Tuesday, January 11, 2011

Google's New Codec War -- Chrome Drops H.264 Support -- Apple, Game On!

Wow! Just when you thought it was safe to transcode your video files and wade into the wonderful world of codecs, Google launches a major shot across the bow to Apple -- and drops H.264 support in Chrome. This came out of nowhere ... nowhere ....

Alas, you likely are scratching your head right now and muttering, "What does this mean to me?"

Thankfully, Coby Rich from my team comes to the rescue to explain the real world ramifications -- here are his thoughts (which are also posted on the Sorenson Media official blog) -- in particular, read the words in bold below:

Is the standards battle back on? Was it ever off?

Today Google announced that they will be dropping support for H.264 in for their Chrome browser in favor of open source codecs such as WebM and Theora.

From the Chromium Blog:
“To that end, we are changing Chrome’s HTML5 video support to make it consistent with the codecs already supported by the open Chromium project. Specifically, we are supporting the WebM (VP8) and Theora video codecs, and will consider adding support for other high-quality open codecs in the future. Though H.264 plays an important role in video, as our goal is to enable open innovation, support for the codec will be removed and our resources directed towards completely open codec technologies.

“These changes will occur in the next couple months but we are announcing them now to give content publishers and developers using HTML video an opportunity to make any necessary changes to their sites.”

So, if you are reading this you are most likely thinking: “How will this effect me?” Regardless of this announcement, you still need to deliver video to browsers, including Chrome. Which, by the way, is the default browser for many set top boxes, including GoogleTV. That means that you’ll need tools that can create any number of agnostic files side by side for delivery to any destination. Enter Sorenson Squeeze. Squeeze allows users to encode and deliver video in every popular format for playback on all devices. So, no matter what codec/format/standard emerges victorious Squeeze will be there to encode it in the highest quality possible.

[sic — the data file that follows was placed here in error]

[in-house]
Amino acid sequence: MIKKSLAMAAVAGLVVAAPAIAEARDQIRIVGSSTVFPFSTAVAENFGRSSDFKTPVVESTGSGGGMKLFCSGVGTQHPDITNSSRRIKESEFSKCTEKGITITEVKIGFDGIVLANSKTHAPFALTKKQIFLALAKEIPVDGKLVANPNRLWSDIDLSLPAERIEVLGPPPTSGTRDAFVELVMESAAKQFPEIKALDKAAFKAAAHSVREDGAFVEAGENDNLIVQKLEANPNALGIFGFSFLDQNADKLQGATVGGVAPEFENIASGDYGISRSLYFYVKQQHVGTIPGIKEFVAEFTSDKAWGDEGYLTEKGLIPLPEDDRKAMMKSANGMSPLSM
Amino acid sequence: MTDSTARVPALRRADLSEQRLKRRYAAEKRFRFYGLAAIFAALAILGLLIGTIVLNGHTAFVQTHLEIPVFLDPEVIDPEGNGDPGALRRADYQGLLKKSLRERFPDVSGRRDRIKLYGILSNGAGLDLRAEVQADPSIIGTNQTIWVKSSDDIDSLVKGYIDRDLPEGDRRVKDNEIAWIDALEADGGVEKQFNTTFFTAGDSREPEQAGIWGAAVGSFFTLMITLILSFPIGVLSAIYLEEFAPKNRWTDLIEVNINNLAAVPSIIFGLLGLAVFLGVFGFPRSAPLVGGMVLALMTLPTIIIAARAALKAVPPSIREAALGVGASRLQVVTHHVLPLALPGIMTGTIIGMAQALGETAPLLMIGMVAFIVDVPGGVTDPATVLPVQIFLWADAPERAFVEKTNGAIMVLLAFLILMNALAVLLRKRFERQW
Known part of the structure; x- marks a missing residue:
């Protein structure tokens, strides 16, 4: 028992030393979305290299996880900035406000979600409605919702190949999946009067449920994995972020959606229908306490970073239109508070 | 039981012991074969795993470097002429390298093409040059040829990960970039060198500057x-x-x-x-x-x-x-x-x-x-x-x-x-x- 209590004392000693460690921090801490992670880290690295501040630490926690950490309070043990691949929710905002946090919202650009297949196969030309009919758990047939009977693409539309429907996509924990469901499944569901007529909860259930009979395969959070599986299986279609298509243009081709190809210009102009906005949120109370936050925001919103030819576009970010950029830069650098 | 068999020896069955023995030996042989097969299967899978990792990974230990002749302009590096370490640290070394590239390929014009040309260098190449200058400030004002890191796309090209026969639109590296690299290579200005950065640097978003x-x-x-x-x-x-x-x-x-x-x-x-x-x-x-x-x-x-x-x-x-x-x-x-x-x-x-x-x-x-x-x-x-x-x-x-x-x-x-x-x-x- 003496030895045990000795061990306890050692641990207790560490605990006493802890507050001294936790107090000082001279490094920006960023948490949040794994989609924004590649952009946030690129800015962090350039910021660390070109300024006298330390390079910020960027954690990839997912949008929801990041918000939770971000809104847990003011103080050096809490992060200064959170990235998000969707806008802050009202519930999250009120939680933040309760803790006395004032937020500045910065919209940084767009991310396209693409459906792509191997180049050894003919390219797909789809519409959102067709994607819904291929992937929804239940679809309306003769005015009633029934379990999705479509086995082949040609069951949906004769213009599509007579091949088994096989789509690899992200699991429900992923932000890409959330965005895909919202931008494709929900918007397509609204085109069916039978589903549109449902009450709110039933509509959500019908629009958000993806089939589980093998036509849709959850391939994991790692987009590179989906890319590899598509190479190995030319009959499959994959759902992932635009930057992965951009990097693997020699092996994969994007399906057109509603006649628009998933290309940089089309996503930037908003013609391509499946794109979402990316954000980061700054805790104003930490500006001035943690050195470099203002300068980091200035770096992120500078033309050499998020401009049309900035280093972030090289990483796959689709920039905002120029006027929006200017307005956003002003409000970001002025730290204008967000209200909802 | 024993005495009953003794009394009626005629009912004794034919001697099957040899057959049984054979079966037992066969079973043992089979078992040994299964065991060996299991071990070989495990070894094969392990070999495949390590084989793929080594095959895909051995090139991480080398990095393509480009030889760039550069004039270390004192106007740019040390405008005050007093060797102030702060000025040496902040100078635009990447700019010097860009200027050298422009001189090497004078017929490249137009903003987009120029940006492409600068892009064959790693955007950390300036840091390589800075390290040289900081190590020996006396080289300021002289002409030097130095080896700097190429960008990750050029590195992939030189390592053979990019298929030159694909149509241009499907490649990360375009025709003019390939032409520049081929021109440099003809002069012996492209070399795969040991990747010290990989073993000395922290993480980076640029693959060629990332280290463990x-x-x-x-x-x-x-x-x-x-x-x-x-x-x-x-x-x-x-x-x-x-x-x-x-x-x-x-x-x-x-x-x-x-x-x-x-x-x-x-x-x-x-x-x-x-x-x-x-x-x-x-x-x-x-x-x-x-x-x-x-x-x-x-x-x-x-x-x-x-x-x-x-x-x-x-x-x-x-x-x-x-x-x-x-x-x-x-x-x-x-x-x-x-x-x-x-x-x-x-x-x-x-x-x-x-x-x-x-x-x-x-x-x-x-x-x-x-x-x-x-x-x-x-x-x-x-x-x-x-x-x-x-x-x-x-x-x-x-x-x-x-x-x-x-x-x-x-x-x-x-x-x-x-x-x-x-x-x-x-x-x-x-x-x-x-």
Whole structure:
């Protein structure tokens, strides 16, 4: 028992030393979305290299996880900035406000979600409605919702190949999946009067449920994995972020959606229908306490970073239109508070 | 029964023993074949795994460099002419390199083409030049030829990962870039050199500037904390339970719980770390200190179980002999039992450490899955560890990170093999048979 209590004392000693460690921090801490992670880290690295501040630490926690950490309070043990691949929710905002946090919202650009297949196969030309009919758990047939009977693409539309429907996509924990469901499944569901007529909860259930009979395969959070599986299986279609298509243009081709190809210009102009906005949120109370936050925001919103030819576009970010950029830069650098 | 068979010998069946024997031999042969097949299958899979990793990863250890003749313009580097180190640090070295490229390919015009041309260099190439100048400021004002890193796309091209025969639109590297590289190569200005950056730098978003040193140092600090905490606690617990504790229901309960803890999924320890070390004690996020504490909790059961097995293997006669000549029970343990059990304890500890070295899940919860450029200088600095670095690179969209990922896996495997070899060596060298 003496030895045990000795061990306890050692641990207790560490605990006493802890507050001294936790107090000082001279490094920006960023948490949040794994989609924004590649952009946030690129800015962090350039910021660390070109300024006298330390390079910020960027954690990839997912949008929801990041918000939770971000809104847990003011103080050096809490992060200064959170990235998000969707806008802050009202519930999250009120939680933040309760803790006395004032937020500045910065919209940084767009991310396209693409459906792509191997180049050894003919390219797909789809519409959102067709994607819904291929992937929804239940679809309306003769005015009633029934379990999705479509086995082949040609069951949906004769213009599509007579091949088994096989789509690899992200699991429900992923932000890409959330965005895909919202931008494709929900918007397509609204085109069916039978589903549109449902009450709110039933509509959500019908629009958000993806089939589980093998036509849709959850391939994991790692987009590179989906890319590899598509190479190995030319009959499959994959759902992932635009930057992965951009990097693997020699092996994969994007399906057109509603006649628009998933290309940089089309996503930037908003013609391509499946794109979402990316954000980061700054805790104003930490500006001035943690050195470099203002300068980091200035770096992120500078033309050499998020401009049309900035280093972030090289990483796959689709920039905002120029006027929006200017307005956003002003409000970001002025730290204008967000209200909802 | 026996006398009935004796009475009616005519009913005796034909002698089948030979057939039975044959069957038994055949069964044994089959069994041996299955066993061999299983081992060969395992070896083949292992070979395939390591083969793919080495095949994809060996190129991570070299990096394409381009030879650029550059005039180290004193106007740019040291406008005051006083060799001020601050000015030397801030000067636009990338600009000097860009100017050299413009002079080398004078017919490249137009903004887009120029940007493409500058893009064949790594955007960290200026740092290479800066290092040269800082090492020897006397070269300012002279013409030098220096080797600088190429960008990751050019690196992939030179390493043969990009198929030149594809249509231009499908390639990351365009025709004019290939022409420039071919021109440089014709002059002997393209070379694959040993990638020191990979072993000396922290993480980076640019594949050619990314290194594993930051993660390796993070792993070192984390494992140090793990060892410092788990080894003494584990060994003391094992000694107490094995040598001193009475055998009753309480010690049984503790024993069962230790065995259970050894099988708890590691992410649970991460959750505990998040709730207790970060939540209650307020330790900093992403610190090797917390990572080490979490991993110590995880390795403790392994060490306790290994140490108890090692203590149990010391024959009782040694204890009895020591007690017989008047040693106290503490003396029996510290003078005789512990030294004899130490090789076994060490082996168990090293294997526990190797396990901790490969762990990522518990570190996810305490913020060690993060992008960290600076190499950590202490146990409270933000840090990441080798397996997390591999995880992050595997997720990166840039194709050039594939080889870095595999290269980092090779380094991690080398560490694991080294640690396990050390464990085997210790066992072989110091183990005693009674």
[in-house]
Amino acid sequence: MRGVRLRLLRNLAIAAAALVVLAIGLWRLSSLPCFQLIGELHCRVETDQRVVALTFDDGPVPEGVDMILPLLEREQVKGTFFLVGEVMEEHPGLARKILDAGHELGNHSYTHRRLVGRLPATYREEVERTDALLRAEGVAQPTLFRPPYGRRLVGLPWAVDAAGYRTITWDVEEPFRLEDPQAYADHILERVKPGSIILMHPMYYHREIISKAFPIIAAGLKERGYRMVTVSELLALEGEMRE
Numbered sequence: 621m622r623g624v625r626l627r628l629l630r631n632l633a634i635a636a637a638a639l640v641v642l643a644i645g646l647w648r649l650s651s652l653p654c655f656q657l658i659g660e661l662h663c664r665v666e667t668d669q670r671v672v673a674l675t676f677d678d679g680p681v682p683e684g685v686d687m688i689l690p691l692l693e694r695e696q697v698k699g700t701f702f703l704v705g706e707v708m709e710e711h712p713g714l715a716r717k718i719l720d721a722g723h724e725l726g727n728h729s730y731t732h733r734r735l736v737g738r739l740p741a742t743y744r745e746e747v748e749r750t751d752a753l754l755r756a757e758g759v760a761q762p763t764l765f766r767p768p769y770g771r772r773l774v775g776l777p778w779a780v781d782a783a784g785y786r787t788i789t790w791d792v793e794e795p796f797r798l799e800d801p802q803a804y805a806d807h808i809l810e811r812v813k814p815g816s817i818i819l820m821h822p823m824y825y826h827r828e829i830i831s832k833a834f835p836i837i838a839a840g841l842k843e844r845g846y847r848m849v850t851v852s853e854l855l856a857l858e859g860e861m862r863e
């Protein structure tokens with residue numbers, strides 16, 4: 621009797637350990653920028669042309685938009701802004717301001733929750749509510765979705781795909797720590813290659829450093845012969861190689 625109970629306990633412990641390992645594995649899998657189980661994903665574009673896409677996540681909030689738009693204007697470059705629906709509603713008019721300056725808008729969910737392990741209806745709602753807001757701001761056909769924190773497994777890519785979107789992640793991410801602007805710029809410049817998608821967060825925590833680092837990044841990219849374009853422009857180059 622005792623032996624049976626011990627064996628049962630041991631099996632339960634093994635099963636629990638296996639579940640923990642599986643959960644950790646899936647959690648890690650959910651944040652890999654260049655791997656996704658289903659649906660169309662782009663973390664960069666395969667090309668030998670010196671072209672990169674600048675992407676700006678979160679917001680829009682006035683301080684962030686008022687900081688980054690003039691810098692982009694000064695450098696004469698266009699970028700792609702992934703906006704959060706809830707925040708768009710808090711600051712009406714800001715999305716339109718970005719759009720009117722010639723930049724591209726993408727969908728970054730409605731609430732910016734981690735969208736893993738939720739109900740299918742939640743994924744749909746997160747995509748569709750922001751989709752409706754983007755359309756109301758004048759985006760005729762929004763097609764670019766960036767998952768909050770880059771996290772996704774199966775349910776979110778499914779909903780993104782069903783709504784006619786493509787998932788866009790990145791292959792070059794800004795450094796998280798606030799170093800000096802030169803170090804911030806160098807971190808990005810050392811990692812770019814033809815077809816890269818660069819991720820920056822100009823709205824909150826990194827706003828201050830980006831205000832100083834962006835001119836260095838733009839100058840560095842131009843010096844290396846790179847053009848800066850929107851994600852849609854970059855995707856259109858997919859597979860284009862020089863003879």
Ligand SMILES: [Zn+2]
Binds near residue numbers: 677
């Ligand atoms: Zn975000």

Your move Apple.

CES Redux -- It's Not Just About the Gadgets -- In Fact, the Gadgets Are the Side-Show

Several of us from Sorenson Media just returned from our annual rite of passage that opens every new year -- the Consumer Electronics Show (CES) in Las Vegas. I just blogged my initial musings yesterday about how I believe this show compared to those of the past couple years.

In addition to my thoughts yesterday, one more thought that may be obvious to many, but perhaps not all -- i.e., CES is NOT just about walking the floors to see the gadgets (more like stumbling and bumbling around the seas of people to peak over someone's shoulder). In fact, few of the gadgets this year really blew me away.

For me, the single most important reason to attend CES, by far, is the face-to-face meeting. As I pointed out yesterday, seemingly "everyone" was at CES this year. That means we had a rare opportunity to efficiently accelerate multiple business discussions in one single 4-day stretch (rather than be forced to individually schedule and meet all of those companies throughout the globe). And, THAT alone is worth the significant investment of time to attend -- and flights, hotels, meals, etc.

Yes, we have technology to help bridge the geographical gap for business meetings (I previously ran live video communications company SightSpeed that touted the business power of that technology). But, nothing will ever replace the power of the good old-fashioned face-to-face meeting.

This year, nine of us attended CES from Sorenson Media. And, each of us essentially had a continuous string of productive face-to-face meetings. THAT is the unique power of CES. THAT is why we will continue to attend year after year. Yes, there are many conferences throughout the year -- too many! But, CES seems to be the one place that attracts everyone. Real business gets done. (The key is active and aggressive follow-up after the dust settles ...)

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